December 1, 2005
IIT’s Mies centerpiece is restored.
Approaching its second half-century, Crown Hall—Mies van der Rohe’s eloquent 1956 expression of an architecture of beinahe nichts (almost nothing)—was in need of a major face-lift. Decades of neglect had left the Illinois Institute of Technology (IIT) building’s south porch crumbling, much of the glass cracked and scratched, the chipped paint fading, and the steel frame rusted by moisture from the Boston ivy crawling freely up its sides and corroded by ice-melting salt. Getting back to “almost nothing” was going to be a lot of work.
In 1995 a new IIT administration committed to updating its Mies-designed campus—including the Crown Hall centerpiece—adding bold new buildings by Helmut Jahn and Rem Koolhaas in 2003. This year a team who had studied with and worked for the master—including School of Architecture dean Donna Robertson, preservation specialist Gunny Harboe, project architects Mark Sexton and Ron Krueck, and a Greek Chorus of professors and alumni—considered the evolution of materials and technologies against today’s more demanding building code. Debating what Mies would do, they created the $3.6 million plan that has returned the landmark to his original vision. Completed during the 14-week summer break, the results are spectacular, like stepping into a time machine and encountering the building when it was newly minted—startling, serene, and glorious. Here are some highlights of the restoration.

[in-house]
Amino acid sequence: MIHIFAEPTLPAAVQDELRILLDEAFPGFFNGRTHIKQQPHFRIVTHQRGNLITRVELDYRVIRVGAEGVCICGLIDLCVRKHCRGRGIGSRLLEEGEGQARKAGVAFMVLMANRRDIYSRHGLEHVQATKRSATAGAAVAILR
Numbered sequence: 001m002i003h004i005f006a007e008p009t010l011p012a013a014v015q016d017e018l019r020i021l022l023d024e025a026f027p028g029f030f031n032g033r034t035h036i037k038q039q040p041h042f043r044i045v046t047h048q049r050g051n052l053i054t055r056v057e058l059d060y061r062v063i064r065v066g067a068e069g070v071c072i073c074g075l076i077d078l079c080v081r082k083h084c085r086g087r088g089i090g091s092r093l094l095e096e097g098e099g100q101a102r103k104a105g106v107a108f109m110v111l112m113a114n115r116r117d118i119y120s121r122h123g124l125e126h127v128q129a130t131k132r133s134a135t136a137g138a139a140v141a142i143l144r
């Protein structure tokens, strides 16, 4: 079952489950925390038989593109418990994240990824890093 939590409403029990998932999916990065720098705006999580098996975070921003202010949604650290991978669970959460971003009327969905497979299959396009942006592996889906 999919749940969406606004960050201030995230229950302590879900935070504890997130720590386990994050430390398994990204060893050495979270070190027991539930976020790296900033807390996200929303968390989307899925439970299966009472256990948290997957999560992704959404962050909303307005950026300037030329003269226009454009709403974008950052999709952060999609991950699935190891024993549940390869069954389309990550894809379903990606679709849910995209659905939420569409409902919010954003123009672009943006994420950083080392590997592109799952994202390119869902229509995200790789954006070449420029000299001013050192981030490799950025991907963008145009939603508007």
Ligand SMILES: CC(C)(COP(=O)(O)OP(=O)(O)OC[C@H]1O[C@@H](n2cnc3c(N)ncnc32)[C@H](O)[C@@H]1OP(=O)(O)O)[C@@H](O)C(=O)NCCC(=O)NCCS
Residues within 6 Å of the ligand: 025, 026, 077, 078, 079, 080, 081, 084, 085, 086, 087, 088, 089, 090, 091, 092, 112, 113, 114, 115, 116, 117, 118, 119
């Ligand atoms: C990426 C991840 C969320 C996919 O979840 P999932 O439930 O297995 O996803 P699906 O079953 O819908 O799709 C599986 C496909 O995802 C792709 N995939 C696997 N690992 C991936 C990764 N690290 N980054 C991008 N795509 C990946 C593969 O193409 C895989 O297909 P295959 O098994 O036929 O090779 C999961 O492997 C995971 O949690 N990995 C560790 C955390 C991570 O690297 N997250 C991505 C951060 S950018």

The south porch—whose steel structure had deteriorated to the point of being unsafe—was completely rebuilt, its marble surface replaced. “It’s not the greatest paving material,” Harboe says. “If Mies could have afforded it, he would have used granite. But the reality is that he used travertine.” A new sealant, still to be selected, will be applied to the travertine to make it more durable.
The structure was sandblast-ed down to the original bare metal and sprayed with 800 gallons of a three-part Tnem-ec system used for painting bridges. What was for more than four decades a dull gray finish is now a rich glossy black that reflects Mies’s original intentions.
All 340 windows were removed and replaced with 30 tons of new low-emission glass to reduce heat loss. Code required taking the massive 111/2-by-91/2-foot upper panes from 3/8- to 1/2-inch thick. Low-iron superwhite glass avoids the greenish coke-bottle effect common with added thickness.
At 5/8-inch thick, the original L-shaped Mies-designed stops were no longer adequate to secure the 700-pound upper panes in place. The trapezoid-shape replacements, which are 1/8-inch thicker with a tapered bevel, evoked controversy from purists, who opposed the diagonal imposition into Mies’s rigidly right-angle aesthetic.
Prone to breakage, Mies’s milky-white sandblasted glass was replaced with a more opaque tempered laminate in the 1970s. For the restoration more than 100 alternatives were considered before an innovative glass developed by Viracon was selected. Both sandblasted and tempered, it returns to the translucency of Mies’s originals.
Crown Hall was never a sealed box. Fresh air was brought in through operable floor-level vents along the building’s perimeter, and warm stale air was drawn out through the ceiling. Over time rust had locked individual vents; now all 112 are restored and functioning, with a bug screen added to each.
The old blinds, yellowed with age and cigarette smoke, were replaced with ones that are strikingly white against the painted steel. The next phase of restoration proposes automating the blinds and reversing the blades’ concavity to bounce sunlight deeper into the interior, part of a plan to decrease energy consumption that also includes running cool water through the floor.